A Comparative Study of Atmospheric Chemistry with VULCAN

Shang Min Tsai, Matej Malik, Daniel Kitzmann, James R. Lyons, Alexander Fateev, Elspeth Lee, Kevin Heng

Research output: Contribution to journalArticlepeer-review

47 Scopus citations


We present an update of the open-source photochemical kinetics code VULCAN to include C–H–N–O–S networks and photochemistry. The additional new features are advection transport, condensation, various boundary conditions, and temperature-dependent UV cross sections. First, we validate our photochemical model for hot Jupiter atmospheres by performing an intercomparison of HD 189733b models between Moses et al., Venot et al., and VULCAN, to diagnose possible sources of discrepancy. Second, we set up a model of Jupiter extending from the deep troposphere to upper stratosphere to verify the kinetics for low temperature. Our model reproduces hydrocarbons consistent with observations, and the condensation scheme successfully predicts the locations of water and ammonia ice clouds. We show that vertical advection can regulate the local ammonia distribution in the deep atmosphere. Third, we validate the model for oxidizing atmospheres by simulating Earth and find agreement with observations. Last, VULCAN is applied to four representative cases of extrasolar giant planets: WASP-33b, HD 189733b, GJ 436b, and 51 Eridani b. We look into the effects of the C/O ratio and chemistry of titanium/vanadium species for WASP-33b, we revisit HD 189733b for the effects of sulfur and carbon condensation, the effects of internal heating and vertical mixing (K zz) are explored for GJ 436b, and we test updated planetary properties for 51 Eridani b with S8 condensates. We find that sulfur can couple to carbon or nitrogen and impact other species, such as hydrogen, methane, and ammonia. The observable features of the synthetic spectra and trends in the photochemical haze precursors are discussed for each case.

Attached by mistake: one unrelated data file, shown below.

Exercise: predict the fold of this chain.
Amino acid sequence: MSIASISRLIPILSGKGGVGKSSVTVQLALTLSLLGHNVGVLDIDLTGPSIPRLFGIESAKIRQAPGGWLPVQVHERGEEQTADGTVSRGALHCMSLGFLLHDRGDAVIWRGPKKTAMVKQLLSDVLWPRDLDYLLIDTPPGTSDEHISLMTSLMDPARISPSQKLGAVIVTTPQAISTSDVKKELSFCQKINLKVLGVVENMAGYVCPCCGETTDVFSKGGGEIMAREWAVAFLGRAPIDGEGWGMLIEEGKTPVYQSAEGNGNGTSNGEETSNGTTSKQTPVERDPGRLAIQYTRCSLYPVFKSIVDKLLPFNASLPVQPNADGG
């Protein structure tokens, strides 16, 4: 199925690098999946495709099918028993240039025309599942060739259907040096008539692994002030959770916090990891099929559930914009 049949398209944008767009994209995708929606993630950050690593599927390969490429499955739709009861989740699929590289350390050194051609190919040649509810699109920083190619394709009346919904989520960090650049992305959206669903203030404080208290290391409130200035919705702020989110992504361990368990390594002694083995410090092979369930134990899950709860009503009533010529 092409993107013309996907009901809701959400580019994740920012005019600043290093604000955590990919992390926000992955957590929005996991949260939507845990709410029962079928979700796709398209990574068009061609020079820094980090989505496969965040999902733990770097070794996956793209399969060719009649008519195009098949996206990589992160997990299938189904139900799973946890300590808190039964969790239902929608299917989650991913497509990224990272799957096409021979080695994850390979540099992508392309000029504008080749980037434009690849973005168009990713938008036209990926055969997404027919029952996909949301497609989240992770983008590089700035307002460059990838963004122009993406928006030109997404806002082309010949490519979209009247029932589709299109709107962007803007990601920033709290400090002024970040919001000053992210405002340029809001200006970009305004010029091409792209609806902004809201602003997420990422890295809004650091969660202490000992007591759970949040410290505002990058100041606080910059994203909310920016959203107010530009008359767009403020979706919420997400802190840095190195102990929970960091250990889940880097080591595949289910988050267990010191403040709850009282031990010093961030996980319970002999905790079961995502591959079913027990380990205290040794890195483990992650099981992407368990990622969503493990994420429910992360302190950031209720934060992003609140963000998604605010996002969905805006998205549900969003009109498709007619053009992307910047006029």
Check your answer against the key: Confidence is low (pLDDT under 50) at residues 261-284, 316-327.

Original languageEnglish (US)
Article number264
JournalAstrophysical Journal
Issue number2
StatePublished - Dec 20 2021

ASJC Scopus subject areas

  • Astronomy and Astrophysics
  • Space and Planetary Science


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